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Islamists go back to basics in Egypt vote campaign
Islamists go back to basics in Egypt vote campaign
SAFF, Egypt - Muslim Brotherhood candidate Gomaa al-Badry raises his voice over chants of “God is greatest” to tell thousands of Egyptians why they should vote for his Islamist group in parliamentary elections this month.
Friday, November 4,2005 00:00
by Ikhwan web

Islamists go back to basics in Egypt vote campaign
(Reuters)

SAFF, Egypt - Muslim Brotherhood candidate Gomaa al-Badry raises his voice over chants of “God is greatest” to tell thousands of Egyptians why they should vote for his Islamist group in parliamentary elections this month.


“We’ve tried communism, socialism and capitalism. Islam is the solution to the moral decay which afflicts many Muslims and the state,” he told some 4,000 people at a Brotherhood election rally in the town of Saff, just south of Cairo.

With slogans like “Islam is the Solution” and “The Koran is our Constitution”, the Brotherhood poses the biggest challenge to President Hosni Mubarak’s ruling National Democratic Party in the three-stage polls, which start on Nov. 9 and run until early December.

Although the Brotherhood is officially outlawed as an organisation, the authorities have given it unusual leeway in the run-up to the polls by releasing its jailed leaders and letting it hold marches and meetings.

Brotherhood candidates, standing as independents to sidestep the ban, won 17 of parliament’s 444 elected seats in 2000 elections, making them the chamber’s biggest opposition bloc.

Enjoying more space from the authorities, the group expects to at least treble its number of seats this time. It has pledged to solve voters’ most basic problems and argues that only Islamic values can tackle the corruption it sees in government.

Shawki Dawoud, Brotherhood candidate for the working-class town of Saff, says he will seek to bring his constituents better public transport, sewage systems, higher quality bread and rubbish bins for the streets.

“We know very well the problems our constituency suffers,” he told a rally, while young men in suits and ties handed out pamphlets outlining his ideas for meeting basic local needs.

The message was met with loud applause and chants of “Praise be to God” by the people listening, who were segregated by sex.

“They will serve everyone and not just themselves. They will bring us clean water. That’s why we are behind them,” Mohamed Abdel Aal said after listening to the speeches.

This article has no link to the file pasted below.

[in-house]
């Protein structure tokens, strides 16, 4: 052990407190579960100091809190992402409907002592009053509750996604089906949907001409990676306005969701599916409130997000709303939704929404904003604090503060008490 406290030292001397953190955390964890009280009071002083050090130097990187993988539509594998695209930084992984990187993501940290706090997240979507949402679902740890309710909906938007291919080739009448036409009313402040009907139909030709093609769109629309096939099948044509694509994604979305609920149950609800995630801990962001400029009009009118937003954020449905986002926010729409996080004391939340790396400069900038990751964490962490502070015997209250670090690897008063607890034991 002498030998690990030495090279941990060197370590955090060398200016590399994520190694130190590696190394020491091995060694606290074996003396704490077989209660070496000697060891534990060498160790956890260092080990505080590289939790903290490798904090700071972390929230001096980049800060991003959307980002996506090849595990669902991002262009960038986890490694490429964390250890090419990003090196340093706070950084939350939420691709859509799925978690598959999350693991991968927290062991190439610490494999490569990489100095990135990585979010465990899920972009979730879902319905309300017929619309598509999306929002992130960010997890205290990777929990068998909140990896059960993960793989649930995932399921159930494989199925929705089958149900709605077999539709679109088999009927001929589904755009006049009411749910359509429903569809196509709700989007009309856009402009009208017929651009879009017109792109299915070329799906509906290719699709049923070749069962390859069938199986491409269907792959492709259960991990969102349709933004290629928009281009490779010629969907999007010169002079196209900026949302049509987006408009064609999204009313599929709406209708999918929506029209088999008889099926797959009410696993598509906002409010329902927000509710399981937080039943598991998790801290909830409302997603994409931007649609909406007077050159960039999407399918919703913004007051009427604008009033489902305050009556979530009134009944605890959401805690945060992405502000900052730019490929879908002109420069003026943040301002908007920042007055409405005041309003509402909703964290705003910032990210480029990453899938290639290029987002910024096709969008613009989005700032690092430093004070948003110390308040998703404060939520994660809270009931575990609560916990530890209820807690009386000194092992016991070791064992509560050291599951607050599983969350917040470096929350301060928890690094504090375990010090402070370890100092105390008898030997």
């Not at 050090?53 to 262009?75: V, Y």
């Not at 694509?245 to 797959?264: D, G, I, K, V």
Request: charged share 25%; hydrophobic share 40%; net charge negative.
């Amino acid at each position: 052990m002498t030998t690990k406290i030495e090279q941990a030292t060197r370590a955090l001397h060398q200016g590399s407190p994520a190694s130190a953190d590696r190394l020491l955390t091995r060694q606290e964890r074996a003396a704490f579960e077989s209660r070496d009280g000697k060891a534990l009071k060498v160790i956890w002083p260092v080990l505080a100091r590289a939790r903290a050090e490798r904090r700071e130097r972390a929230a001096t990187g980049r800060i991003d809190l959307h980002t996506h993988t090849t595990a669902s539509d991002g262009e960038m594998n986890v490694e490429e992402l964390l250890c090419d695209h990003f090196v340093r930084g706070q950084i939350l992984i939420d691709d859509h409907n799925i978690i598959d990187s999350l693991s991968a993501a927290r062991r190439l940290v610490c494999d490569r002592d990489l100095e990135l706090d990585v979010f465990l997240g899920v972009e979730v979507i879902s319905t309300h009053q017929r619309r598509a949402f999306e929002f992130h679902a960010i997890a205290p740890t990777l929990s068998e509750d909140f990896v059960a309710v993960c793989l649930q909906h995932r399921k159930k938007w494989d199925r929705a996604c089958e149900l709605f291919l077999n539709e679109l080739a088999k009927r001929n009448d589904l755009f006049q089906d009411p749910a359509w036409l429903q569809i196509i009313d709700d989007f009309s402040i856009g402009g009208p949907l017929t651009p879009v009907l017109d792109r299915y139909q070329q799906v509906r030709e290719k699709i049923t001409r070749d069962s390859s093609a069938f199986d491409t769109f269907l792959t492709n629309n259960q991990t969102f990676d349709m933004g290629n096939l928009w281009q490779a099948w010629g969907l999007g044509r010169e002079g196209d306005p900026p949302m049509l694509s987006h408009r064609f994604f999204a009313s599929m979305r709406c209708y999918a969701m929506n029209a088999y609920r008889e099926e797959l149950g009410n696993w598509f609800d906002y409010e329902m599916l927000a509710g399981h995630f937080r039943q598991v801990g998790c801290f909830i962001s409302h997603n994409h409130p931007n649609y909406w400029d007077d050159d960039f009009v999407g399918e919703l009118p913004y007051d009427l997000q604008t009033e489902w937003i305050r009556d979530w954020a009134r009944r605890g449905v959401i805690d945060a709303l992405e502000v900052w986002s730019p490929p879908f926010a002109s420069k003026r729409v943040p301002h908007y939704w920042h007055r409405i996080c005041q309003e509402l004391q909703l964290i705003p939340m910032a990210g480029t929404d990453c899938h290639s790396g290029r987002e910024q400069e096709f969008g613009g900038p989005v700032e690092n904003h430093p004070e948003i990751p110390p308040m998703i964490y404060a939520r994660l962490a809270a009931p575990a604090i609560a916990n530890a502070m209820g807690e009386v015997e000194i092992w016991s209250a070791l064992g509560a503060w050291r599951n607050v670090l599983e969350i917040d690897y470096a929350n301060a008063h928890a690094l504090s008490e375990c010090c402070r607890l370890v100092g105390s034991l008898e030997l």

In every mosque
Despite frequent crackdowns by the state, the Brotherhood maintains its popularity through grass-roots contact with Egyptians, says leading member Essam el-Erian.

“The direct channels are more important than propaganda,” he told Reuters. “We are in every street, in every mosque.”

Although the Brotherhood draws on religious symbols and slogans familiar to Egyptians, more than 90 percent of whom are Muslim, its election programme shares the demands of secular opposition groups for more political freedoms.

The programme says the group is committed to democracy, challenging opponents who say the Islamists would set up an authoritarian theocracy if they won power at the ballot box.

“The people are the source of all authority and it is not permissible for any person, group, or authority to claim the right to hold power,” the Brotherhood’s programme says.

Mubarak extended his 24 years in power by winning Egypt’s first multi-candidate presidential election in September, as expected. Tight terms on who could stand blocked the Brotherhood from fielding a candidate.

The American challenge
Mubarak has faced unprecedented criticism and calls for political reform over the last year.

While the Brotherhood has joined the calls for reform, it has been careful not to confront Mubarak’s regime and is contesting only one third of the seats in parliament.

Some observers say that could be why the authorities are allowing it to campaign freely.

In being tolerant, the regime appears to be conducting a ”new experiment” with the Brotherhood, Erian said. “It’s tried the policy of detentions, the policy of trials, and failed.”

If it were to win 70 seats, the Brotherhood would challenge its ban by applying for legal political party status, he said. The authorities justify the ban on the grounds that the constitution prohibits parties based on religion.

The United States, a major donor to Mubarak’s government, has called for more political freedom in Egypt but supports the ban on the Brotherhood, which opposes U.S. Middle East policy in Iraq, Afghanistan and the Palestinian-Israeli conflict.

Erian expects increasing influence for Islamist groups across the Arab world if governments, which have historically given them little or no space, allow more freedom.

“I think the future is for the Islamic movements to manage the affairs of this region. How to face up to the American challenges is a question which depends on America’s position,” Erian said.

“Will America respect the peoples of the Arab and Islamic region and their desires and retreat from its absolute support for Israel? Then, there could be a better future and an end to the waves of terror,” he said.


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